Bachelet called for the punishment of human rights lawyers and defenders, the “arbitrary detention” of the residential surveillance program and the “deeply worrying” actions in Hong Kong. He urged that religious and cultural freedom be protected in Tibet.
The press conference lasted 45 minutes and Bachelet asked less than 10 questions. At least four were from Chinese state media, to whom Bachelet gave detailed answers on human rights issues in the US, while appearing vague on many questions related to Xinjiang.
Asked about the freedom to speak freely with Uighurs in one of the world’s most monitored regions, Bachelet stressed that he and his team had met with a number of individuals and civil society groups prior to their trip to China.
“Being part of a bubble of course” [on the China trip] …we could meet some people and not all, but the people we could talk to were in an uncontrollable way,” she said.
Bachelet said her visit to the men’s prison in Kashgar was “fairly open and transparent”, but she remained vague on the reason for detaining the men, adding that they were “not linked to terrorism … but Other types of offences”.
Asked about allegations that some Uyghur families were locked up in their homes during their visit to prevent them from talking, Bachelet said she and her team would take a strong stand on any bullying. and had taken up personal matters with the authorities—including those of the missing family. Members – but could not release details.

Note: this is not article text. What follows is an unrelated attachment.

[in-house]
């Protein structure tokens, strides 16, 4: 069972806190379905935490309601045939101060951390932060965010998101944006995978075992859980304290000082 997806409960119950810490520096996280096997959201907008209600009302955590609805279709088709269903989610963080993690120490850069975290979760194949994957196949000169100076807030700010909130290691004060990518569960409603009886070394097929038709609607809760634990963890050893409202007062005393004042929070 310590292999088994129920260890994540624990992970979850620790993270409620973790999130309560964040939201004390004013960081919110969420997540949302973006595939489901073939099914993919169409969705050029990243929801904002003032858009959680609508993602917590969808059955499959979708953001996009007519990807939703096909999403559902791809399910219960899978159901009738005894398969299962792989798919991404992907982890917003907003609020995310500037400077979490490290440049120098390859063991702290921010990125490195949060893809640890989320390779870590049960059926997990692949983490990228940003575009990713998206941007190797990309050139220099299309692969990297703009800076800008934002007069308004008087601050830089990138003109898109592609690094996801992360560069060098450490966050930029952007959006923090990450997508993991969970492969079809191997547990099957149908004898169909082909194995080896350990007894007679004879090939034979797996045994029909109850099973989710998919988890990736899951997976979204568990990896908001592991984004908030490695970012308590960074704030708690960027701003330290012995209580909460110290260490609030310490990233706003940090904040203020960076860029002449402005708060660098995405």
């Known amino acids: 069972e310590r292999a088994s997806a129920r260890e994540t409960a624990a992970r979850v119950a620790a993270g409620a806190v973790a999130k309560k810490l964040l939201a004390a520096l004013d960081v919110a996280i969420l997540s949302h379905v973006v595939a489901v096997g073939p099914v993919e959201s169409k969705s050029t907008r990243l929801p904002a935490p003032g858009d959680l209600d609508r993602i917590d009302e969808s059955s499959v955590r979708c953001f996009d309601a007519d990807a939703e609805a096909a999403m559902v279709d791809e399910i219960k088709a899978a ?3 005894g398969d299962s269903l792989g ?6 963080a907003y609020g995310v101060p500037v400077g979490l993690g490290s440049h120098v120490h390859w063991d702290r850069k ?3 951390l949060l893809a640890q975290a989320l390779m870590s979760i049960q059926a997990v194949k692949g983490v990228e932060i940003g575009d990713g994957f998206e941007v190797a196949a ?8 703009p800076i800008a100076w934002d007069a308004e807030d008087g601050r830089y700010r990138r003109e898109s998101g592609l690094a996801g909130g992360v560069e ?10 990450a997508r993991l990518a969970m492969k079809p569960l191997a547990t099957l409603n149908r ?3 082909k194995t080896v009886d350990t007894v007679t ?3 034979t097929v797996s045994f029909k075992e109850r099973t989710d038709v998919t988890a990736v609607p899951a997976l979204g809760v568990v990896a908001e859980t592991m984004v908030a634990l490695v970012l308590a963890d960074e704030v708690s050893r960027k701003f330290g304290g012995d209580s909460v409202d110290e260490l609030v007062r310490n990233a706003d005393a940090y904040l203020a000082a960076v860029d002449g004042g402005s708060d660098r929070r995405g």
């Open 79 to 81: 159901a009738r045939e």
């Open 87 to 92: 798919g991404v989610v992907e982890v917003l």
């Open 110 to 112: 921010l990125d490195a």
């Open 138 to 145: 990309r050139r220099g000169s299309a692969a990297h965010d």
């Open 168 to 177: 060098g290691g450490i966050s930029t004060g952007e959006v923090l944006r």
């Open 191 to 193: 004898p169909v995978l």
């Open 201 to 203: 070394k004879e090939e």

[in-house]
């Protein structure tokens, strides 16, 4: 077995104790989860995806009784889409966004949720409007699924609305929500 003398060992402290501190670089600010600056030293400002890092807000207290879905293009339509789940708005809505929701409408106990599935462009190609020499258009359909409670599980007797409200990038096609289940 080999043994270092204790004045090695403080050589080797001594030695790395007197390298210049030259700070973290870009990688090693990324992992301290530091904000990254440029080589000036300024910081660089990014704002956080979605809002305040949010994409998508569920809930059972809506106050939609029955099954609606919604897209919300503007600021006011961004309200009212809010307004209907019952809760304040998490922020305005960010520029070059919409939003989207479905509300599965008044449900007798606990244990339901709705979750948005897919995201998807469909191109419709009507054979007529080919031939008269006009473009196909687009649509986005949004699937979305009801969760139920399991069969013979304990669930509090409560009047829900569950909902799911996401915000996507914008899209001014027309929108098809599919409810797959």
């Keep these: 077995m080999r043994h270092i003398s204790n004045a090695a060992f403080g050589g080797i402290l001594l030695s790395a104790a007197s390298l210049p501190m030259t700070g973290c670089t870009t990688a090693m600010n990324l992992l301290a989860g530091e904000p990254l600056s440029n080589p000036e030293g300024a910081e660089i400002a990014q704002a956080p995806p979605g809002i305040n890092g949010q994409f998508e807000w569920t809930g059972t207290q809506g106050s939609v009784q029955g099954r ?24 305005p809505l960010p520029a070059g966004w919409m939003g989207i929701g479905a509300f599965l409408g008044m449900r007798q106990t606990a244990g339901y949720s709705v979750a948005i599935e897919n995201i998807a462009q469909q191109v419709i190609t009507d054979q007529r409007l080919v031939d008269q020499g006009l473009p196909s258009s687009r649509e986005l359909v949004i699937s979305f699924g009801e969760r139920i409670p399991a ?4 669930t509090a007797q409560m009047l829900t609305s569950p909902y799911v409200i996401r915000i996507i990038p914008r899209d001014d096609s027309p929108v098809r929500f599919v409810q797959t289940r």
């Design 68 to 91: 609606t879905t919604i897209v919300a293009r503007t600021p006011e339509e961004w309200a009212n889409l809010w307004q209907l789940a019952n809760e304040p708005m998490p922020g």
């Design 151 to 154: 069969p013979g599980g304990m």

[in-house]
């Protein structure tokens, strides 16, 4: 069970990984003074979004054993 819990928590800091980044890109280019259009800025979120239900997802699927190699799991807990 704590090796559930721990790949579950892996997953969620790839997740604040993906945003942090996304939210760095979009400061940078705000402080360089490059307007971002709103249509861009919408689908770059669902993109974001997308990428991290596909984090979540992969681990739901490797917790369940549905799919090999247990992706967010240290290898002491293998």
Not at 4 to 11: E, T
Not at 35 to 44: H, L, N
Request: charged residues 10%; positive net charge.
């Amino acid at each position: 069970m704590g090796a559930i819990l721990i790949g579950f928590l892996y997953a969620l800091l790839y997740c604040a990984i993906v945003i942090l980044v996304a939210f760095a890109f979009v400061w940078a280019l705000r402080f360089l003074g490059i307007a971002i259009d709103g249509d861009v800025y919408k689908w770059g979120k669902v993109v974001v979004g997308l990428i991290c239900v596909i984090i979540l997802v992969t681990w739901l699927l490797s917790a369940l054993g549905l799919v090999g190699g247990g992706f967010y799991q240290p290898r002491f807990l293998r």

Bachelet’s press conference was criticized by some rights groups and activists.
Uighur activist and international human rights lawyer Rehan Asat, whose brother is in prison in Xinjiang, said: “It was really her moment to speak the truth to power and I thought she had fallen so short.”
“It was a moment we thought was going to change the lives of the Uighurs. The historical significance of this visit, that the UN could be a facilitator to engage with China, modify its behavior and reduce human suffering. That’s why I am very disappointed to hear his statement. It was very little condemnation and very broad conciliatory remarks regarding China’s human rights record,” she said.
Human Rights Watch’s China director Sophie Richardson said the tour and the press conference were “exactly what the Chinese government wanted”.
“It did not challenge them significantly on any facts, it did not commit to an investigation that we consider a crime against humanity. It contained a strange appeal to the Chinese government’s spirit of ‘multilateralism’ … And last but not least it did not provide any information to the victims or the survivors,” Richardson said.
Bachelet’s visit coincided with reporting of a significant leak within the Xinjiang enforcement system. The trove included mugshots of thousands of people detained by the authorities, databases of arrests for crimes including studying scriptures and going abroad, and internal documents showing shoot-to-kill for escape attempts and other measures of enforcement. Provided details of policies.
The office also faced pressure from human rights groups over the long-awaited UN report into Xinjiang abuses, which was expected to end around the new year. In February, it was reported that China had requested the OHCHR not to release it before the Beijing Winter Olympics.
“My visit was not an investigation into China’s human rights policies and practices, so in that sense it is not related to the report,” Bachelet told a reporter.
Richardson called Bachelet to release the report.
“I look forward to reading that report tomorrow. If it is committed to impunity, if it is committed to helping governments achieve the highest standards of human rights, then it must release it now.”